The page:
I have hired a trust and estate lawyer. Is (s)he my attorney for life?

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Determining the Start and End of Attorney-Client Representation

Many attorney-client representations have a definite beginning and a definite end. For example, in the personal injury context, the representation typically ends when the matter is resolved. In some other situations the end of representation may not be so clear, for example, in business matters when the attorney was initially engaged to draft contracts for a start up business. It is therefore a good practice to let the client know when the attorney considers the matter resolved and the representation having come to an end. Even better, this could be determined at the start of the representation.

Client Document Retention: Changing Practices and Responsibilities

A related matter is the retention of client documents by the lawyer. In the past this was a common practice. Arguments advanced in favor were that there is less risk of loss, destruction, and alteration of the documents. However, by retaining the documents the lawyer assumes the responsibility as record custodian for an indefinite period of time. Times have changed and many clients do not die in the community where their papers were signed. Therefore, many lawyers will only retain documents for a limited period and explain the record retention practices in the engagement letter. Importantly, that records are being retained for a period of time does not by itself perpetuate an active attorney client relationship.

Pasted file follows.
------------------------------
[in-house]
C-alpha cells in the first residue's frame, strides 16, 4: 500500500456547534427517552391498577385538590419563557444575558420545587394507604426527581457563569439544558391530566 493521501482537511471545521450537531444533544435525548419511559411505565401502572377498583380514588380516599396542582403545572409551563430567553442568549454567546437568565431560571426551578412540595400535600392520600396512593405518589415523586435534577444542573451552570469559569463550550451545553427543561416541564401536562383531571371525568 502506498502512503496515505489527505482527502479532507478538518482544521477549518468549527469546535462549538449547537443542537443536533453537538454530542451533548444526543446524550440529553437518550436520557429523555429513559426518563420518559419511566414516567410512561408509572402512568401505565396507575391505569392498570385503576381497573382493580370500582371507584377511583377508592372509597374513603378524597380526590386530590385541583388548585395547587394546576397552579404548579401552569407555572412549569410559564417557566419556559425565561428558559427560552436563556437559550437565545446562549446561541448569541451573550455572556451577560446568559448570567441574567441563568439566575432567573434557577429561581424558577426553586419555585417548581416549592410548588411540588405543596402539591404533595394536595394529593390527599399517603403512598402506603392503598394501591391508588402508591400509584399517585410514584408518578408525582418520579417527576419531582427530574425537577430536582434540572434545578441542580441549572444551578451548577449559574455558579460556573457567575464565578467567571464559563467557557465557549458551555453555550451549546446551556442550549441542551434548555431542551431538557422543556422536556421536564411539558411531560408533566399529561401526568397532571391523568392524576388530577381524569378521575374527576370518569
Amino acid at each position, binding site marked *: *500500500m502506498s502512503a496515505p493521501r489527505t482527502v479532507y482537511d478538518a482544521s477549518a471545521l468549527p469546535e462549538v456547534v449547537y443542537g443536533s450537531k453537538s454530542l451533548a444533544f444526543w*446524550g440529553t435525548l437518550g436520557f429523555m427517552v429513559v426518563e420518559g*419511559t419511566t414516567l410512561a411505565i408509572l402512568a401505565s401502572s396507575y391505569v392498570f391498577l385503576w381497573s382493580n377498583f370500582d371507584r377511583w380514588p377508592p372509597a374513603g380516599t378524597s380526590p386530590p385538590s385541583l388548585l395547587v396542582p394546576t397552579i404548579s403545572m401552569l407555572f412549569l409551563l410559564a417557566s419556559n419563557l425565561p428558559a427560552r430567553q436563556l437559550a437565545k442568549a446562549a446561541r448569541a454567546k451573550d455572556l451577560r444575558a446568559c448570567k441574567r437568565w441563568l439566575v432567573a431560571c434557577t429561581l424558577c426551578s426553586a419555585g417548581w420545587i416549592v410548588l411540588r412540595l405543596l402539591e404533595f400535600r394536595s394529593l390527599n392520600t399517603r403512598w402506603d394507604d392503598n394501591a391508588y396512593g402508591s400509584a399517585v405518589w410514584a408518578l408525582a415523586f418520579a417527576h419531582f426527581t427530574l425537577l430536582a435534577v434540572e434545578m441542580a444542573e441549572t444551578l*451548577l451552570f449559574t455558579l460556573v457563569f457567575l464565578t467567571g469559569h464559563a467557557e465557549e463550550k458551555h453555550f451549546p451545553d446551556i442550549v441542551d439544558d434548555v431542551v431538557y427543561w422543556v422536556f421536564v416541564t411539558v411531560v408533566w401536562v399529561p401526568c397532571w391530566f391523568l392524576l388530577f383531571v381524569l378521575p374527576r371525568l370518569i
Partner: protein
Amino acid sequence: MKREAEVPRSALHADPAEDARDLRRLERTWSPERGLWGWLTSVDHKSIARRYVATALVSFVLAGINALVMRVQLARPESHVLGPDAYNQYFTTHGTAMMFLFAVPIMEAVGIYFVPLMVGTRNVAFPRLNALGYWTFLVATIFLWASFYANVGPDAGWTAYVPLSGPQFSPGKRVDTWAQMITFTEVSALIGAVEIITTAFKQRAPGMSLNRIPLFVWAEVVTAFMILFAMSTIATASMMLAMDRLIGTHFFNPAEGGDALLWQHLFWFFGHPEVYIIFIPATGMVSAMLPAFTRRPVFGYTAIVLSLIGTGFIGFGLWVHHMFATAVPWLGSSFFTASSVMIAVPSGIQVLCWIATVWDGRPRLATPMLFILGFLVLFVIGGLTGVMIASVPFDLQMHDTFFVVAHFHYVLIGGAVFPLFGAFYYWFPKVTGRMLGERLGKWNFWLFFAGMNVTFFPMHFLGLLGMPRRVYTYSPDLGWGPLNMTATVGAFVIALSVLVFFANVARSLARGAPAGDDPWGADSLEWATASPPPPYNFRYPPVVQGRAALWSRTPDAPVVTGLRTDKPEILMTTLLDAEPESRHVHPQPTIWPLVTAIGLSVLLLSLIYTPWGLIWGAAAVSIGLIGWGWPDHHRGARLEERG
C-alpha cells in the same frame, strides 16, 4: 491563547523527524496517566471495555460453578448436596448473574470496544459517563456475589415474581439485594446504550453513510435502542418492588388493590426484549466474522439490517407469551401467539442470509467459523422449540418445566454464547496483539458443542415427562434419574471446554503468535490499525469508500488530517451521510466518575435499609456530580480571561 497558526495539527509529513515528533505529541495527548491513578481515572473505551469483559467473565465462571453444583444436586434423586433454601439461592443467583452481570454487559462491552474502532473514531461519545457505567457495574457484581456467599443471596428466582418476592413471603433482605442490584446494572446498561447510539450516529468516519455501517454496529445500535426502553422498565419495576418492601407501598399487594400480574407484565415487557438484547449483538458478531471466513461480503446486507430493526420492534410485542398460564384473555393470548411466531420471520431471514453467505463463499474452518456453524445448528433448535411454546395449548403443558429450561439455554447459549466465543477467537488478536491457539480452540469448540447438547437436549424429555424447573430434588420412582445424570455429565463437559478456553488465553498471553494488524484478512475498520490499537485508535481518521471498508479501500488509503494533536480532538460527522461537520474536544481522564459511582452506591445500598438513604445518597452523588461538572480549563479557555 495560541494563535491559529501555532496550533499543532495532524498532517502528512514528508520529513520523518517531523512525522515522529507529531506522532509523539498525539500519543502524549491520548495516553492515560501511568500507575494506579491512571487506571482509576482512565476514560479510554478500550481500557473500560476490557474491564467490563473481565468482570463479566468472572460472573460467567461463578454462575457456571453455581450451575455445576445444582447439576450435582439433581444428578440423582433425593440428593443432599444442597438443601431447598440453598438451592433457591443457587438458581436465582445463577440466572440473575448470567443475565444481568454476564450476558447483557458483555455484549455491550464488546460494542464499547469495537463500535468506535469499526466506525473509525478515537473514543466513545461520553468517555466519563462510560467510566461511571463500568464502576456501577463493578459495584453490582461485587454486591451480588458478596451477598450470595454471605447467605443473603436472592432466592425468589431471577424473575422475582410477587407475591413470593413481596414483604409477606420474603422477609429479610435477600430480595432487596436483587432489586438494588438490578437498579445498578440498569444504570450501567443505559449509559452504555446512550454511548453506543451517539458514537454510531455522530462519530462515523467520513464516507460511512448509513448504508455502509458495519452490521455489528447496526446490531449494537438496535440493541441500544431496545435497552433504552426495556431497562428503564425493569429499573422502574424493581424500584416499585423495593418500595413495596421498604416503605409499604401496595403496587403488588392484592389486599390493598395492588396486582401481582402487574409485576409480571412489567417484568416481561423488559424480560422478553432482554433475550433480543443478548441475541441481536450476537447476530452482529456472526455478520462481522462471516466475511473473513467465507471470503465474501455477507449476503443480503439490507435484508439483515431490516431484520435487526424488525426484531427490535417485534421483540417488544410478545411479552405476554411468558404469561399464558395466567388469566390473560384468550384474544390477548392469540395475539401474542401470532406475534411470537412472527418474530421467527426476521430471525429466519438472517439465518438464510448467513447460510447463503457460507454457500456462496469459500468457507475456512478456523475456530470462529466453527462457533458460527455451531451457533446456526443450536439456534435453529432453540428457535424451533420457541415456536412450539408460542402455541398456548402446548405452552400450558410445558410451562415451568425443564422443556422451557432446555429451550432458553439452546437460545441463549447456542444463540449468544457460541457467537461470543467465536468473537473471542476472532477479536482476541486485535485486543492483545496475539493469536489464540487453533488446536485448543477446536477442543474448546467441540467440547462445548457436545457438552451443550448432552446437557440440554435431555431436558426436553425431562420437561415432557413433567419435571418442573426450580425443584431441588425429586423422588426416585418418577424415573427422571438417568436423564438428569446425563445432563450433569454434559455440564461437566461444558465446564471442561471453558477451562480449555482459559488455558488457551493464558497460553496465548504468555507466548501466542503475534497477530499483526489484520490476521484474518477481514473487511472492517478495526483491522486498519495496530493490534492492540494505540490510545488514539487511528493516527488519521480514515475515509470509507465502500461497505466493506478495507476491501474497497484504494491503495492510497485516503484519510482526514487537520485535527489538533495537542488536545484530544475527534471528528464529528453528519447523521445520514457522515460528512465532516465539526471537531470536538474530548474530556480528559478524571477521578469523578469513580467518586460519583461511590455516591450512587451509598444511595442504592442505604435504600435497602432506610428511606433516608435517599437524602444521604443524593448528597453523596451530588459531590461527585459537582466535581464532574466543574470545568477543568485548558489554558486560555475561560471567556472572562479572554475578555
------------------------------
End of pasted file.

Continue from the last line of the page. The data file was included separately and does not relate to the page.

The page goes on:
Duty of Attorneys to Inform Clients About Changes in the Law

Estate planning is often conducted over several years and is open ended unless agreements to the contrary were made. This may impose on the attorney a duty to keep the client reasonably apprised of significant changes on the law that affect estate planning.  While there is no California authority which makes this mandatory, many attorneys choose to send a disengagement letter to their clients once the work is done stating that their representation has ended. This avoids the need to keep “clients reasonably apprised of changes of the law” and also avoids other potential misunderstandings and conflicts. Some trust and estate lawyers have newsletters that they periodically send to their clients to keep them updated. Conversely, the periodic mailing of a newsletter does not by itself indicate that an ongoing attorney client relationship exists.

See also:
The trust and estate attorney as “family lawyer” – Joint Clients
The trust and estate attorney as “family lawyer” – Separate Clients

Guide to the California Rules of Professional Conduct for Estate Planning, Trust and Probate Counsel: Fourth Edition. California Lawyers Association, Trusts and Estates Section, 2020.

Engaging a trust and estate lawyer – Defining the scope of representation

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